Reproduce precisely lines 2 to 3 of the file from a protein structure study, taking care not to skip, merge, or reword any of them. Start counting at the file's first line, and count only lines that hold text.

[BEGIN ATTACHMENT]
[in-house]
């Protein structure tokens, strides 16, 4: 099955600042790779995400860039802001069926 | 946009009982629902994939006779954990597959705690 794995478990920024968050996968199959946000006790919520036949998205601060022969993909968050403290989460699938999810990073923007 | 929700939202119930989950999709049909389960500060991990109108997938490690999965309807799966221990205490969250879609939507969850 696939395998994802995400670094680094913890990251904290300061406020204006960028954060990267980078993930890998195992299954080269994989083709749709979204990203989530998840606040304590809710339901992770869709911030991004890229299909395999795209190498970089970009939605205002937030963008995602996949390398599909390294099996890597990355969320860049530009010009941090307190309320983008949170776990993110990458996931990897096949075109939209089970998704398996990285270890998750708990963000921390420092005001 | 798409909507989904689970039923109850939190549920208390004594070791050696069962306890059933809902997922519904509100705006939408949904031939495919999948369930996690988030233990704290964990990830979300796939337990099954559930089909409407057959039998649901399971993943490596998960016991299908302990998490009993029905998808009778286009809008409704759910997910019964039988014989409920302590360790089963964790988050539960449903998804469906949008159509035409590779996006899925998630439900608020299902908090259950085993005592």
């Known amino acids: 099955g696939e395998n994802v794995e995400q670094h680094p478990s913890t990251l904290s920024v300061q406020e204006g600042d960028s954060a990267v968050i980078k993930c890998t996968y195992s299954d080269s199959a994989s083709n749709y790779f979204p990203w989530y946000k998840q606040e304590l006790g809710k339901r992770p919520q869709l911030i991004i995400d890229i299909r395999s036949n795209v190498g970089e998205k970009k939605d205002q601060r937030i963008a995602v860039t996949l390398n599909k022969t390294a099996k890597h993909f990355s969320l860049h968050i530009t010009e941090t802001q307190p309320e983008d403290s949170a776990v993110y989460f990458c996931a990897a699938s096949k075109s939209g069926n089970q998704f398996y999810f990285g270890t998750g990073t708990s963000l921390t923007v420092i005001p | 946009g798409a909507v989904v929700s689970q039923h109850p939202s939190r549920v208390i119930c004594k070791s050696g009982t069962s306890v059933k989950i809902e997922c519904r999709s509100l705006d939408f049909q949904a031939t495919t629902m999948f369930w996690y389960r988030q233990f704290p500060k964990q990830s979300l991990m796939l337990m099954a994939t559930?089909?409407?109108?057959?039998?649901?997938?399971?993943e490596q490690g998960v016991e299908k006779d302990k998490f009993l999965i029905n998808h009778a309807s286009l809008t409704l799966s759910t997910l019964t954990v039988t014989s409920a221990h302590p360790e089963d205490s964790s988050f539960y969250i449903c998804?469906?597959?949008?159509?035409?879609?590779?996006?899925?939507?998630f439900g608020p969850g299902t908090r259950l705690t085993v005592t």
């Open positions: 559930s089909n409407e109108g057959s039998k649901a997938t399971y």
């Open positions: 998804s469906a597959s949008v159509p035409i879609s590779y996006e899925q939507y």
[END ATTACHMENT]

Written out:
């Protein structure tokens, strides 16, 4: 099955600042790779995400860039802001069926 | 946009009982629902994939006779954990597959705690 794995478990920024968050996968199959946000006790919520036949998205601060022969993909968050403290989460699938999810990073923007 | 929700939202119930989950999709049909389960500060991990109108997938490690999965309807799966221990205490969250879609939507969850 696939395998994802995400670094680094913890990251904290300061406020204006960028954060990267980078993930890998195992299954080269994989083709749709979204990203989530998840606040304590809710339901992770869709911030991004890229299909395999795209190498970089970009939605205002937030963008995602996949390398599909390294099996890597990355969320860049530009010009941090307190309320983008949170776990993110990458996931990897096949075109939209089970998704398996990285270890998750708990963000921390420092005001 | 798409909507989904689970039923109850939190549920208390004594070791050696069962306890059933809902997922519904509100705006939408949904031939495919999948369930996690988030233990704290964990990830979300796939337990099954559930089909409407057959039998649901399971993943490596998960016991299908302990998490009993029905998808009778286009809008409704759910997910019964039988014989409920302590360790089963964790988050539960449903998804469906949008159509035409590779996006899925998630439900608020299902908090259950085993005592």
């Known amino acids: 099955g696939e395998n994802v794995e995400q670094h680094p478990s913890t990251l904290s920024v300061q406020e204006g600042d960028s954060a990267v968050i980078k993930c890998t996968y195992s299954d080269s199959a994989s083709n749709y790779f979204p990203w989530y946000k998840q606040e304590l006790g809710k339901r992770p919520q869709l911030i991004i995400d890229i299909r395999s036949n795209v190498g970089e998205k970009k939605d205002q601060r937030i963008a995602v860039t996949l390398n599909k022969t390294a099996k890597h993909f990355s969320l860049h968050i530009t010009e941090t802001q307190p309320e983008d403290s949170a776990v993110y989460f990458c996931a990897a699938s096949k075109s939209g069926n089970q998704f398996y999810f990285g270890t998750g990073t708990s963000l921390t923007v420092i005001p | 946009g798409a909507v989904v929700s689970q039923h109850p939202s939190r549920v208390i119930c004594k070791s050696g009982t069962s306890v059933k989950i809902e997922c519904r999709s509100l705006d939408f049909q949904a031939t495919t629902m999948f369930w996690y389960r988030q233990f704290p500060k964990q990830s979300l991990m796939l337990m099954a994939t559930?089909?409407?109108?057959?039998?649901?997938?399971?993943e490596q490690g998960v016991e299908k006779d302990k998490f009993l999965i029905n998808h009778a309807s286009l809008t409704l799966s759910t997910l019964t954990v039988t014989s409920a221990h302590p360790e089963d205490s964790s988050f539960y969250i449903c998804?469906?597959?949008?159509?035409?879609?590779?996006?899925?939507?998630f439900g608020p969850g299902t908090r259950l705690t085993v005592t």